Here are wordier questions to ask, too:

  • Where does the process get frustrating for clients or employees?
  • Where are the bottlenecks?
  • What steps are affecting costs and/or quality?
  • Where are the delays?
  • Are there duplications of effort?

 

Examine the map carefully with your team. Flag sequences that share a high portion of similarities – this is where inefficiencies hide – and the outliers, workarounds, and tie-ups to determine why your process is not making the most of your organization’s time, talent, resources, and/or budget.

 

Sometimes, the current map makes its secrets known only when compared against the ideal, which is the future state map created in the next step.

 

group of professionals gathered around a table and collaborating in front of a large paper pad to redesign business processes

Redesigning: The Improvement Phase

The beauty of a future state map: It usually confirms that you really don’t need to reengineer your whole operation. Often, a simple fix or an incremental process change can right the ship.

 

Just as you involved your team in creating the value stream map, it’s a good idea to brainstorm with the people directly involved in the process you’re planning to tweak. They’ll have great ideas. And finding solutions injects some of Welch’s “contribution and reward” that results from an uncluttered, efficient process.  

 

This is also the phase when you will conduct more formal assessments of your two maps, the current and the future. Depending on your organization’s focus, you could choose one of these analytical processes:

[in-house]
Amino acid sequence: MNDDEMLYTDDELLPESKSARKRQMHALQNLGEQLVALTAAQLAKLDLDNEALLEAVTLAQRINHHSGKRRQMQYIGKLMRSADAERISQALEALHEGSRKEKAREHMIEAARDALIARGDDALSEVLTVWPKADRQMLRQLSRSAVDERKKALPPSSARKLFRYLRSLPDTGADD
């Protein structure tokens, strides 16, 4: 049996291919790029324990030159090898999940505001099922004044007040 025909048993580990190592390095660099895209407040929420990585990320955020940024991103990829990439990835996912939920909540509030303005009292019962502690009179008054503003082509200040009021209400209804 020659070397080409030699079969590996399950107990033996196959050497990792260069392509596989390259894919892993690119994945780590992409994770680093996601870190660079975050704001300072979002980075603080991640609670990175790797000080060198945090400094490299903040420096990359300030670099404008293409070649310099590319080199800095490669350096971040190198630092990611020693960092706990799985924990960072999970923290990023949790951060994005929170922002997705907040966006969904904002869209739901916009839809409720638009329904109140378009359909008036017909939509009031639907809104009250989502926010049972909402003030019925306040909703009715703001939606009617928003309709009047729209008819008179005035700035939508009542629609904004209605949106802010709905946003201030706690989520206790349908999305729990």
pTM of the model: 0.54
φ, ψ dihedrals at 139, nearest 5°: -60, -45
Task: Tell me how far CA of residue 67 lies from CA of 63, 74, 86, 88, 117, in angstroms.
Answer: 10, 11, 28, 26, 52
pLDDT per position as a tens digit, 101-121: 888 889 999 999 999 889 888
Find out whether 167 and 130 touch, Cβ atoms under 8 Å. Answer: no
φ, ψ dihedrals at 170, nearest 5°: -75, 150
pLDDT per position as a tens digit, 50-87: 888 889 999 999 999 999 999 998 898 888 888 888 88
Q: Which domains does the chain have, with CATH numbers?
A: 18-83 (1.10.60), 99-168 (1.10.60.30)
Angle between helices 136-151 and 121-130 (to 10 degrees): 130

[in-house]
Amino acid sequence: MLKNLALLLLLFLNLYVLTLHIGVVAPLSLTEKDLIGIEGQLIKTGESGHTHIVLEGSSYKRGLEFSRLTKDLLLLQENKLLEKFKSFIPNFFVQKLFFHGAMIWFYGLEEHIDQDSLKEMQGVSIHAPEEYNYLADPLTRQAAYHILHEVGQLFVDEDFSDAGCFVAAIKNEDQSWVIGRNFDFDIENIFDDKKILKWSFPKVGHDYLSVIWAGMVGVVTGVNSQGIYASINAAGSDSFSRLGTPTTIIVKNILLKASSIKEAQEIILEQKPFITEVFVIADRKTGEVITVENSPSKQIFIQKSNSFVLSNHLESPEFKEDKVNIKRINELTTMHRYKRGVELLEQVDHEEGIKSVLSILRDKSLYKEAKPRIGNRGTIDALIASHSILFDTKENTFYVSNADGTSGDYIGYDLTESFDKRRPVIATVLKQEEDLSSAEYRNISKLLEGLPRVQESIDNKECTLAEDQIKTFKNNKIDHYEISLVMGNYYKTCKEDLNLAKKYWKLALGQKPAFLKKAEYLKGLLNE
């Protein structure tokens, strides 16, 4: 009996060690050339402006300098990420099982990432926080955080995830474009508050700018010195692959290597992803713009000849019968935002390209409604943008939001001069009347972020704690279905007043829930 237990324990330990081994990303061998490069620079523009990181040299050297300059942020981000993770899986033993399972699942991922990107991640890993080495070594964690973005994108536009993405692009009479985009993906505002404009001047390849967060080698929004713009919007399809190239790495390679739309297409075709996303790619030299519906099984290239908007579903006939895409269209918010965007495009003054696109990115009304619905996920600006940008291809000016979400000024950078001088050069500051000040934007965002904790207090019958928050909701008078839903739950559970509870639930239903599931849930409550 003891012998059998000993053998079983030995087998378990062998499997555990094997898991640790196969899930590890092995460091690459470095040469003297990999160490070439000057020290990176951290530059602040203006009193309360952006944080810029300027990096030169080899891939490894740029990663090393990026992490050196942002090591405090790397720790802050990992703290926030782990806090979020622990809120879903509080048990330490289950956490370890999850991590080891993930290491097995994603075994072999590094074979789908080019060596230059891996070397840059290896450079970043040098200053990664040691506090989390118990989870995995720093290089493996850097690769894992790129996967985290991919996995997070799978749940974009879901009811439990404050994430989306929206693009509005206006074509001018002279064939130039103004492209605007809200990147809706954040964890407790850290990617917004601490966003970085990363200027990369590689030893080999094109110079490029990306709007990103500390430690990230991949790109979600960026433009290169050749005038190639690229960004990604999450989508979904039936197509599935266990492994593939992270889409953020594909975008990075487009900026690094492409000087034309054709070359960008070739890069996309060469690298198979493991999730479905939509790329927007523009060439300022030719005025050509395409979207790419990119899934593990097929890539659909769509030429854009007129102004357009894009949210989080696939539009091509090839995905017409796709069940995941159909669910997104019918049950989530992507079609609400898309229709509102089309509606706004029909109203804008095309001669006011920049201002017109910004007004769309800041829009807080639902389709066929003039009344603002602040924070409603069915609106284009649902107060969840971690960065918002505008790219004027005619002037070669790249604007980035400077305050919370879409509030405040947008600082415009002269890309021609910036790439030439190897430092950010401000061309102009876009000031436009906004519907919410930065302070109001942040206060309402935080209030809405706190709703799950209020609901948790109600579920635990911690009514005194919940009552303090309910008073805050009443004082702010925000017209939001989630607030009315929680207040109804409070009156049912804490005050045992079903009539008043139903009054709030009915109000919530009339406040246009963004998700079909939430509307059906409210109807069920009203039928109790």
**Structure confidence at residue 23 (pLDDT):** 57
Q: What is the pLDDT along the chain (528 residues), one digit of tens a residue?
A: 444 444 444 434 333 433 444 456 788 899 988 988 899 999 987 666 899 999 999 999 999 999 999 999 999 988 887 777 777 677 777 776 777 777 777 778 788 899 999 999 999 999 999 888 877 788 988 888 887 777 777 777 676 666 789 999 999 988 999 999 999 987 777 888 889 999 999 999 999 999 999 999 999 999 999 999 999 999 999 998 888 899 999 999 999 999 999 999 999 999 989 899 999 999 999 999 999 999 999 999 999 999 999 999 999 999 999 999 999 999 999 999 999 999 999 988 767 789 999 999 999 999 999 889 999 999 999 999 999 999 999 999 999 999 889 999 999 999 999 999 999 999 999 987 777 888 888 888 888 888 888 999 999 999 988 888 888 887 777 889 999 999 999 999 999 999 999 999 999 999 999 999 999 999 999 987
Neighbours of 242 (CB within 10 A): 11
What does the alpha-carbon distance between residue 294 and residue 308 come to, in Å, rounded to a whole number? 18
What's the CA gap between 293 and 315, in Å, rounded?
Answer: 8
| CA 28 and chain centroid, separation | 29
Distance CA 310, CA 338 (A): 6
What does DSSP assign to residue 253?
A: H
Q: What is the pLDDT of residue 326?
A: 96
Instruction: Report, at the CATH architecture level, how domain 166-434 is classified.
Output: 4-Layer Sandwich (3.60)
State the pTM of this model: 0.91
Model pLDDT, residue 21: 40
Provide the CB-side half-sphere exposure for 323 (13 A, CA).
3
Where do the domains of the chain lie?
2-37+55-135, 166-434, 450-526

Where does this examination lead? You will arrive at a redesign of your process, clarifying roles and breaking down the new way of working into a number of phases, plotted against a timeline. Your metrics will be specific to your organization or project, and you may need to create a series of intermediate future state maps, depending on the complexity of your efficiency issues. But, with the approval of all stakeholders and a plan in hand, you’re ready to implement a more efficient process.

 

At the risk of allowing an informal procedure to creep into a formal process, tuck a final mini-step in here: monitoring. Make sure your solutions are working and haven’t resulted in any unforeseen consequences.

 

No matter whether your goal is to become a titan of industry like Jack Welch or simply to work the kinks out of your operation’s workflow, USF’s Office of Corporate Training and Professional Education has the process improvement program for you. And, appropriately, earning your certification is an efficient process. You can become a Lean Six Sigma Green Belt or Black Belt in just 10 Saturdays.